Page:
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Compliance with these standards does not excuse failure to comply with the provisions of the Federal Food, Drug, and Cosmetic Act.
This is a list of United States Code sections, Statutes at Large, Public Laws, and Presidential Documents, which provide rulemaking authority for this CFR Part.
This list is taken from the Parallel Table of Authorities and Rules provided by GPO [Government Printing Office].
It is not guaranteed to be accurate or up-to-date, though we do refresh the database weekly. More limitations on accuracy are described at the GPO site.
§ 1621 - Congressional declaration of purpose; use of existing facilities; cooperation with States
§ 1622 - Duties of Secretary relating to agricultural products
§ 1622a - Authority to assist farmers and elevator operators
§ 1622b - Specialty crops market news allocation
§ 1622c - Repealed. Pub. L. 113–79, title X, § 10002, Feb. 7, 2014, 128 Stat. 940
§ 1623 - Authorization of appropriations; allotments to States
§ 1623a - Omitted
§ 1624 - Cooperation with Government and State agencies, private research organizations, etc.; rules and regulations
§ 1625 - Transfer and consolidation of functions, powers, bureaus, etc.
§ 1626 - Definitions
§ 1627 - Appointment of personnel; compensation; employment of specialists
Title 7 published on 10-May-2017 03:42
The following are ALL rules, proposed rules, and notices (chronologically) published in the Federal Register relating to 7 CFR Part 58 after this date.
The Agricultural Marketing Service (AMS) is amending its regulations to provide for a set of standardized formulas by which fees are calculated. The fees are calculated using formulas to account for all costs incurred by AMS in providing these services. Each year, fees will be announced in a notice in the Federal Register by June 1 and take effect at the start of the fiscal year, crop year, or as required by specific laws. This action provides greater transparency to the customers we serve as to how the fees are derived. The standardized formulas will be used to calculate fees that AMS charges for providing voluntary grading, inspection, certification, auditing and laboratory services for a variety of agricultural commodities including meat and poultry, fruits and vegetables, eggs, dairy products, and cotton and tobacco. The fees will also apply to those persons requesting such services including producers, handlers, processors, importers and exporters. Fees charged for inspection of fruits, vegetables, and specialty crops subject to the Agricultural Marketing Agreement Act of 1937 are also affected by this rule. Provisions of this rule do not supersede rates established by Memoranda of Understanding, Marketing Orders, or by cooperative agreements already in place. Furthermore, the cotton program will continue to consult with its industry before rates are established.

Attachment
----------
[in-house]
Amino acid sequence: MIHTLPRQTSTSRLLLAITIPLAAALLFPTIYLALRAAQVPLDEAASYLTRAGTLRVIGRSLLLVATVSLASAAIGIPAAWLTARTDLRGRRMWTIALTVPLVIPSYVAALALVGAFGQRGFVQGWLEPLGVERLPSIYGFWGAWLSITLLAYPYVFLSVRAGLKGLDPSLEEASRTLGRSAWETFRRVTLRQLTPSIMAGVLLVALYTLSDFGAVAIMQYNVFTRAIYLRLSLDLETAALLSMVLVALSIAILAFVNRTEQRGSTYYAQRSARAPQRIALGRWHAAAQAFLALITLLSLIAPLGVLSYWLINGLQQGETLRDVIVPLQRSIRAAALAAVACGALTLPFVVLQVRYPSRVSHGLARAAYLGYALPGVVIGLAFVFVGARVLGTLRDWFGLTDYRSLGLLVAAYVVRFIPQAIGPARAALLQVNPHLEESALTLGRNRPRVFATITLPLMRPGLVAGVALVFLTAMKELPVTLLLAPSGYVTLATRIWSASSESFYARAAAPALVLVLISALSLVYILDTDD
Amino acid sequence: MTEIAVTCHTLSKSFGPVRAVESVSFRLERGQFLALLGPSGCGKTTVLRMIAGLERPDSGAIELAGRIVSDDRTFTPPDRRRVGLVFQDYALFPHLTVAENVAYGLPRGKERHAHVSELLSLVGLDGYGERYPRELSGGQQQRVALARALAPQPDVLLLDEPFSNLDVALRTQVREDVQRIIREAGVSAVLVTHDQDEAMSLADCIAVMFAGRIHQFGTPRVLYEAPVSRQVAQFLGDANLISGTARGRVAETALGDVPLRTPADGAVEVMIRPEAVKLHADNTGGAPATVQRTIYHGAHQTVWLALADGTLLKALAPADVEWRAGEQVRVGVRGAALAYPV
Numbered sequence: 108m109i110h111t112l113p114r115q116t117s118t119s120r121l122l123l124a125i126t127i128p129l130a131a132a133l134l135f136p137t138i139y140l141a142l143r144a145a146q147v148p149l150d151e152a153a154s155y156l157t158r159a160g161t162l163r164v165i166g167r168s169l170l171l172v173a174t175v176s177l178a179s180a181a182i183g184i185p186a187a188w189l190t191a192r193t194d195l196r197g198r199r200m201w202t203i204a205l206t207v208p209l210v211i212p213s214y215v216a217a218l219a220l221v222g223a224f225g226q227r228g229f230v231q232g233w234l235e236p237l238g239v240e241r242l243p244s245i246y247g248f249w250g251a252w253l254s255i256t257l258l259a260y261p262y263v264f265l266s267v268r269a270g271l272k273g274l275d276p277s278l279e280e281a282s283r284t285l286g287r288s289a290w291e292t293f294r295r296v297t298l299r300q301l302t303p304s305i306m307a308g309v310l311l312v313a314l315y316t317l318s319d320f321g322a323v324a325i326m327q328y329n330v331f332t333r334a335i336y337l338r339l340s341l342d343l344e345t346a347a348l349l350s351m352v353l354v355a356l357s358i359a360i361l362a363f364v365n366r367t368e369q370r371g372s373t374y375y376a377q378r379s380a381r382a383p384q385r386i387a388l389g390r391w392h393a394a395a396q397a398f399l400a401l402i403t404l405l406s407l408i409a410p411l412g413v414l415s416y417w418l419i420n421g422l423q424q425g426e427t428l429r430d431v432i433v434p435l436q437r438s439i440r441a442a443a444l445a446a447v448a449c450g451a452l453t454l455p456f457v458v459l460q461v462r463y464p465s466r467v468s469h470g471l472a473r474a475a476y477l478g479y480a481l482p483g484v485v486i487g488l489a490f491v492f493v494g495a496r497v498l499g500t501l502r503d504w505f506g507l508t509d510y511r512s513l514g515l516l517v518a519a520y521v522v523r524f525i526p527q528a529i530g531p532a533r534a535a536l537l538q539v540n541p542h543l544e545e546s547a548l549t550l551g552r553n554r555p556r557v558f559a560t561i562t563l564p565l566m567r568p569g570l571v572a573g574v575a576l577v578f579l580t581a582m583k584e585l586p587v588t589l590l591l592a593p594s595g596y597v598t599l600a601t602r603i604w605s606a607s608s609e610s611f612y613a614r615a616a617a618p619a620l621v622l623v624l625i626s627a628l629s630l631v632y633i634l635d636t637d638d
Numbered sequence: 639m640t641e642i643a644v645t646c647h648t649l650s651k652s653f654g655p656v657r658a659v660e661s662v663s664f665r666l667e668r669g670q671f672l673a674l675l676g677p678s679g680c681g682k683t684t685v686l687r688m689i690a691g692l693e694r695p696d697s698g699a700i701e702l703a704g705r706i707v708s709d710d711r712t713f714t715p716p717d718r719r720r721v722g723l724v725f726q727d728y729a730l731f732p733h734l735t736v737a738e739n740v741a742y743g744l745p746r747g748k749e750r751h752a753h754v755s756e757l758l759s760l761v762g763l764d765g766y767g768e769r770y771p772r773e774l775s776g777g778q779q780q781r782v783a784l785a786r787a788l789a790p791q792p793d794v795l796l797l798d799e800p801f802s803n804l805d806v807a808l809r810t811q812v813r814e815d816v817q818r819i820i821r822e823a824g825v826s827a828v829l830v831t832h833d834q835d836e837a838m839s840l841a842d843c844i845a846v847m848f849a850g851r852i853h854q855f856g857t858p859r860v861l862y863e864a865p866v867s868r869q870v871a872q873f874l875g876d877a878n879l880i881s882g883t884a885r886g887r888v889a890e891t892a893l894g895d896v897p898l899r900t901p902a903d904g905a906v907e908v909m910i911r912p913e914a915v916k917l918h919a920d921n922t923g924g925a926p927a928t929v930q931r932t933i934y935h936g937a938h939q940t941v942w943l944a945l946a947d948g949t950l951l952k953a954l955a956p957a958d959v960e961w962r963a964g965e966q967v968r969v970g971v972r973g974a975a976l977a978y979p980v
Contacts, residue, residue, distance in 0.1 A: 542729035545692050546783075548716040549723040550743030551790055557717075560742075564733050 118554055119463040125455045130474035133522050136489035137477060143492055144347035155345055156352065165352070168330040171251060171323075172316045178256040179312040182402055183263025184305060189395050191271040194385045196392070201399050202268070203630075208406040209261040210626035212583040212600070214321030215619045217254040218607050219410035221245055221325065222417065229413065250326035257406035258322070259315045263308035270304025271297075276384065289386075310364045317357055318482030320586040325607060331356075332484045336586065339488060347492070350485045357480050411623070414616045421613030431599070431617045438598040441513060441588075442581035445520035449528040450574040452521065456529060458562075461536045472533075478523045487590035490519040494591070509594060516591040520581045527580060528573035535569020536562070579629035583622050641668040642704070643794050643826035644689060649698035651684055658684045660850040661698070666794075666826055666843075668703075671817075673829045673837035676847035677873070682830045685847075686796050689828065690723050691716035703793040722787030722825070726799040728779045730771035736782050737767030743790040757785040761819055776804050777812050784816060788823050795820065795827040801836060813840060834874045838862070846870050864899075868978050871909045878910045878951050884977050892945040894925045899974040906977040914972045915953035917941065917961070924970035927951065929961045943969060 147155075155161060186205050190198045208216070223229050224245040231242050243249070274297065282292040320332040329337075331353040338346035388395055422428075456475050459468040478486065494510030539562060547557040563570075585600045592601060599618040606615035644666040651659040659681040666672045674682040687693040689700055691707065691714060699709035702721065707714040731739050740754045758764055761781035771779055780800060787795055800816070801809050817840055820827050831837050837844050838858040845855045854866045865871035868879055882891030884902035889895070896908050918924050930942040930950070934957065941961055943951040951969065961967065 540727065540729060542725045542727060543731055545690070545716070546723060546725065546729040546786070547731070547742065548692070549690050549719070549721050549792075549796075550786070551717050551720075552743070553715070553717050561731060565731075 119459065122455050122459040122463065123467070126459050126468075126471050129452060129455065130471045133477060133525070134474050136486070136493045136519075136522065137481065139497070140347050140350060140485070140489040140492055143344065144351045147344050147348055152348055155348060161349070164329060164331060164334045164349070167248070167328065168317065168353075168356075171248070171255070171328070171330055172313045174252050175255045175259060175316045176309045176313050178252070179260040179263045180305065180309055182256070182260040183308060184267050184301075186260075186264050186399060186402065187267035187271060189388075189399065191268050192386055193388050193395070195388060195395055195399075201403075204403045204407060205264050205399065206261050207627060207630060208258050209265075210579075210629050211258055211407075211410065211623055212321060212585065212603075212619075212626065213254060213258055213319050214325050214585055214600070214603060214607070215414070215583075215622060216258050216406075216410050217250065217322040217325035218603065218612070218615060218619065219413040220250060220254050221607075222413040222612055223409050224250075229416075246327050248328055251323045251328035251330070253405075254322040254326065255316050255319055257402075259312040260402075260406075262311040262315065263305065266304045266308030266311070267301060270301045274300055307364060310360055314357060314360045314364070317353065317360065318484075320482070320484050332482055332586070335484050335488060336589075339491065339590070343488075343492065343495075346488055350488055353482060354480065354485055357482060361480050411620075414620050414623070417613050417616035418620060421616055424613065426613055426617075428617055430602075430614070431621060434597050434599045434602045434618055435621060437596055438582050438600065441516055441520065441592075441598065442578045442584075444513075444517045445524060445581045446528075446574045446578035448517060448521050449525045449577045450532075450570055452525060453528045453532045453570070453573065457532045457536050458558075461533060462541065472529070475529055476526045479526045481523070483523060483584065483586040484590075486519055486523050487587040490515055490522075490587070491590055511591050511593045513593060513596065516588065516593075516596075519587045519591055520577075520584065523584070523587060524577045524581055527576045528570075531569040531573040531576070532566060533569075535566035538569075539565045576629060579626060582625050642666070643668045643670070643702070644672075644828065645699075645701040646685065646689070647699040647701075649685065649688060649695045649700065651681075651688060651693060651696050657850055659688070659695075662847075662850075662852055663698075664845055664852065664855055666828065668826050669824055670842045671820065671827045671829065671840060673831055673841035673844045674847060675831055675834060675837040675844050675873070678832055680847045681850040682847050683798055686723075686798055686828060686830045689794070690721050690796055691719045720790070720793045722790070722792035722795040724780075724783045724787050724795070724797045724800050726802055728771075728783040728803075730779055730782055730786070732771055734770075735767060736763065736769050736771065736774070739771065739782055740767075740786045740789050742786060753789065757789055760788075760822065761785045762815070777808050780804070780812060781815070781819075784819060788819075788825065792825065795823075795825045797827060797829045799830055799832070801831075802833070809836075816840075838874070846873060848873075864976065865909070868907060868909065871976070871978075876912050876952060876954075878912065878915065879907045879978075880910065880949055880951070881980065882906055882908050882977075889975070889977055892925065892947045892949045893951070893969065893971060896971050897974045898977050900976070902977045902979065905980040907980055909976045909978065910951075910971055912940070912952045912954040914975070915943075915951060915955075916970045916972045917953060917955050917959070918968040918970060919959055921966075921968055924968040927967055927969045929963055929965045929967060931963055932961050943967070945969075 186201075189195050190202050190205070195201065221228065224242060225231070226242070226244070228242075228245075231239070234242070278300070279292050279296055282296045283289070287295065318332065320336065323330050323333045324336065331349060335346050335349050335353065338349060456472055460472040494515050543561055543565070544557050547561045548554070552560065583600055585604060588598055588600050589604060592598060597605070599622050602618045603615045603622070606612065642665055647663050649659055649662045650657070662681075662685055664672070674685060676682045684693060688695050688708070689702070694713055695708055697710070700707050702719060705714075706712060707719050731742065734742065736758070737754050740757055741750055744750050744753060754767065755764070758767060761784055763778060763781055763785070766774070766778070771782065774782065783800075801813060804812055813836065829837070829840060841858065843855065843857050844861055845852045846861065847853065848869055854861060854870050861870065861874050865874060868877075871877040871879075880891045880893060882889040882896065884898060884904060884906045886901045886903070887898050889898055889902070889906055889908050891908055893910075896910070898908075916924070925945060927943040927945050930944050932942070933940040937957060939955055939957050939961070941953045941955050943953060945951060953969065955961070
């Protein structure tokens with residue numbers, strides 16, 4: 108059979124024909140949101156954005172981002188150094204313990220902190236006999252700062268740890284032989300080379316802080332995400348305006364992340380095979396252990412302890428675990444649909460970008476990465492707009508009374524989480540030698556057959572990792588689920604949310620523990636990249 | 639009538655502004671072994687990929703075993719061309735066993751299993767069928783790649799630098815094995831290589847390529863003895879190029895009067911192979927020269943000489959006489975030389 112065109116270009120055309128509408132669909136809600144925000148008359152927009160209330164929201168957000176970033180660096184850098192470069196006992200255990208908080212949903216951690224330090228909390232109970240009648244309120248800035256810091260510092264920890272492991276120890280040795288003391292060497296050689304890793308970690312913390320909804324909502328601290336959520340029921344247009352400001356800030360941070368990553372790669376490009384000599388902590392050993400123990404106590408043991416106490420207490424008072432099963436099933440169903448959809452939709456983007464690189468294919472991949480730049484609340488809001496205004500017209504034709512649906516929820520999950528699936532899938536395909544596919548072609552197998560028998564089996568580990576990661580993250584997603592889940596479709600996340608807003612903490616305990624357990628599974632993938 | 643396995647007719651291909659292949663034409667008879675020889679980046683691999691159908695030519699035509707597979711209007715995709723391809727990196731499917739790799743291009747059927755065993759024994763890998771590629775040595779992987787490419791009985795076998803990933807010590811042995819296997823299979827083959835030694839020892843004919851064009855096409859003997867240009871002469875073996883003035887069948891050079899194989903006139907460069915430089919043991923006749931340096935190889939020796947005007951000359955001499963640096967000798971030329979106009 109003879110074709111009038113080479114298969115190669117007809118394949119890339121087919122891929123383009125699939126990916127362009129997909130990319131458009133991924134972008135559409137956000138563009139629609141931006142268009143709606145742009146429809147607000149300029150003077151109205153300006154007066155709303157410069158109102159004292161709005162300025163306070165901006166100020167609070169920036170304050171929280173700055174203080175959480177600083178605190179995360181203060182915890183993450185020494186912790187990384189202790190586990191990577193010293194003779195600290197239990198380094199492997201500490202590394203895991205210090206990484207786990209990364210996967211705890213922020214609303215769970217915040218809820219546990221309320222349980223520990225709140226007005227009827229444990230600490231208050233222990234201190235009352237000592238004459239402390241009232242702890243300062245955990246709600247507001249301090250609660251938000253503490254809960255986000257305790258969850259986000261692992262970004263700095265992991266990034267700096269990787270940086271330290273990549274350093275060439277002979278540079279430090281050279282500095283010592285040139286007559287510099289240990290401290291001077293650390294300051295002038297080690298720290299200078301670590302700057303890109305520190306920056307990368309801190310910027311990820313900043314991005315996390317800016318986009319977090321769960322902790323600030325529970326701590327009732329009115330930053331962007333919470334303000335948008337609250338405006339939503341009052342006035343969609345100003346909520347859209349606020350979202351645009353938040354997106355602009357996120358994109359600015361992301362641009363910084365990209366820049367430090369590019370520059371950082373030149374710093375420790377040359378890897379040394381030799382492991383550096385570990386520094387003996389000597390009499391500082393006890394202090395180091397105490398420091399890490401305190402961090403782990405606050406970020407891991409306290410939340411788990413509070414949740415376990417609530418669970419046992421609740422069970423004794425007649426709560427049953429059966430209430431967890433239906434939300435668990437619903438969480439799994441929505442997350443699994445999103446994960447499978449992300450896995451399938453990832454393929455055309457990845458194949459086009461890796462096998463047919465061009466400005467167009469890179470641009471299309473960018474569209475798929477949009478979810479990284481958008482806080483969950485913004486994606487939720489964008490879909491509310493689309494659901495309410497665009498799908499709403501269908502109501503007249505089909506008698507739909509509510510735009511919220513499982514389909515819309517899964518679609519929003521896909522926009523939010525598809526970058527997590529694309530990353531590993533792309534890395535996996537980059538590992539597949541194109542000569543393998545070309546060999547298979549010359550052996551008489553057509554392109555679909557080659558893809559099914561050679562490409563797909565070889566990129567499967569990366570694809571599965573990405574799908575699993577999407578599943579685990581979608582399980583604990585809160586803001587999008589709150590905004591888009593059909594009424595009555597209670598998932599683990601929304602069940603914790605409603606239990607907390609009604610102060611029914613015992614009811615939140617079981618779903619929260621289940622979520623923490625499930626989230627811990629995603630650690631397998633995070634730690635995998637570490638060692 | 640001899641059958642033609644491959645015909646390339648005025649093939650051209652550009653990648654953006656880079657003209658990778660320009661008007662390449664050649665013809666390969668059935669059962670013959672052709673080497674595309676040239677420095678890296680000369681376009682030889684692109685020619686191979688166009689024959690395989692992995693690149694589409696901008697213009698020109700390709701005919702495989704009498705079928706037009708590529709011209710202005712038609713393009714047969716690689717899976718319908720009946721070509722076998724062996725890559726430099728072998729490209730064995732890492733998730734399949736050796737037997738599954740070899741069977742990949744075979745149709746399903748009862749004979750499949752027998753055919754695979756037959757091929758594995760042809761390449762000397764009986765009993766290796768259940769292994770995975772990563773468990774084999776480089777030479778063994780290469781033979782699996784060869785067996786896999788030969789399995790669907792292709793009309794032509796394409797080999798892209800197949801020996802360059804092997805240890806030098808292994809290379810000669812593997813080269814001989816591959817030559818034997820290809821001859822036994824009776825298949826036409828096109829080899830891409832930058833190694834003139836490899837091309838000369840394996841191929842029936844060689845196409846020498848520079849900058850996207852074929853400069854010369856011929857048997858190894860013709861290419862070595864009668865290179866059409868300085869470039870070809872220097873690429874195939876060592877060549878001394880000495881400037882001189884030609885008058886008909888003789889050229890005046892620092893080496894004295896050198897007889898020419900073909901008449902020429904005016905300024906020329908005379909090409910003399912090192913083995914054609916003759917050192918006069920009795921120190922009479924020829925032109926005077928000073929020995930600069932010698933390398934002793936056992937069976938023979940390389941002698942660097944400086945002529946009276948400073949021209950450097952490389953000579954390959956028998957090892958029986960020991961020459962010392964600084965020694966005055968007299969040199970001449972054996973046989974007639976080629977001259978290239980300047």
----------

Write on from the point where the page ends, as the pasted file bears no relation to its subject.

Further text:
This final rule increases the fees for voluntary Federal dairy grading and inspection services. The fees will increase 10 percent effective August 2013 and an additional 10 percent effective February 2014. The fees applicable to European Union Health Certification Program derogation requests are unchanged. Dairy grading and inspection services are voluntary and are financed in their entirety through user fees assessed to participants using the program. Despite the adoption of technologies that have improved services, additional changes in operations that enhanced efficiencies, and reduced employee numbers, increases in salaries, technology investments, and general inflation have more than offset savings resulting in the need to increase fees. AMS estimates the fee increase will result in an overall cost increase to the industry of less than $0.0004 per pound of dairy product graded.
The Agricultural Marketing Service (AMS) is proposing to increase the fees for voluntary Federal dairy grading and inspection services. The fee increases proposed are 15 percent during fiscal year (FY) 2013 and 5 percent during FY 2014. These fees were last adjusted in 2006. Dairy grading and inspection services are voluntary and are financed in their entirety through user fees assessed to participants using the program. Despite the adoption of technologies that have improved services, additional changes in operations that enhanced efficiencies, and reduced employee numbers, increases in salaries, technology investments, and general inflation have more than offset savings resulting in the need to increase fees. AMS estimates the proposed fee increase will result in an overall cost increase to the industry of less than $0.0004 per pound of dairy product graded. This increase is needed to avoid a reduction in the services offered that aid the dairy industry in effectively marketing their products.
This document amends the General Specifications for Dairy Plants Approved for United States Department of Agriculture (USDA) Inspection and Grading Service (General Specifications) by raising the maximum allowable somatic cell count in producer herd goat milk from 1,000,000 cells per milliliter to 1,500,000 cells per milliliter. This will ensure that goat milk can continue to be shipped and recognizes that goats have a need for different regulatory limits for somatic cells than cows. In addition this document eliminates mandatory sediment testing on producer milk except for milk in cans. The requirement for sediment testing has become outdated and is no longer needed.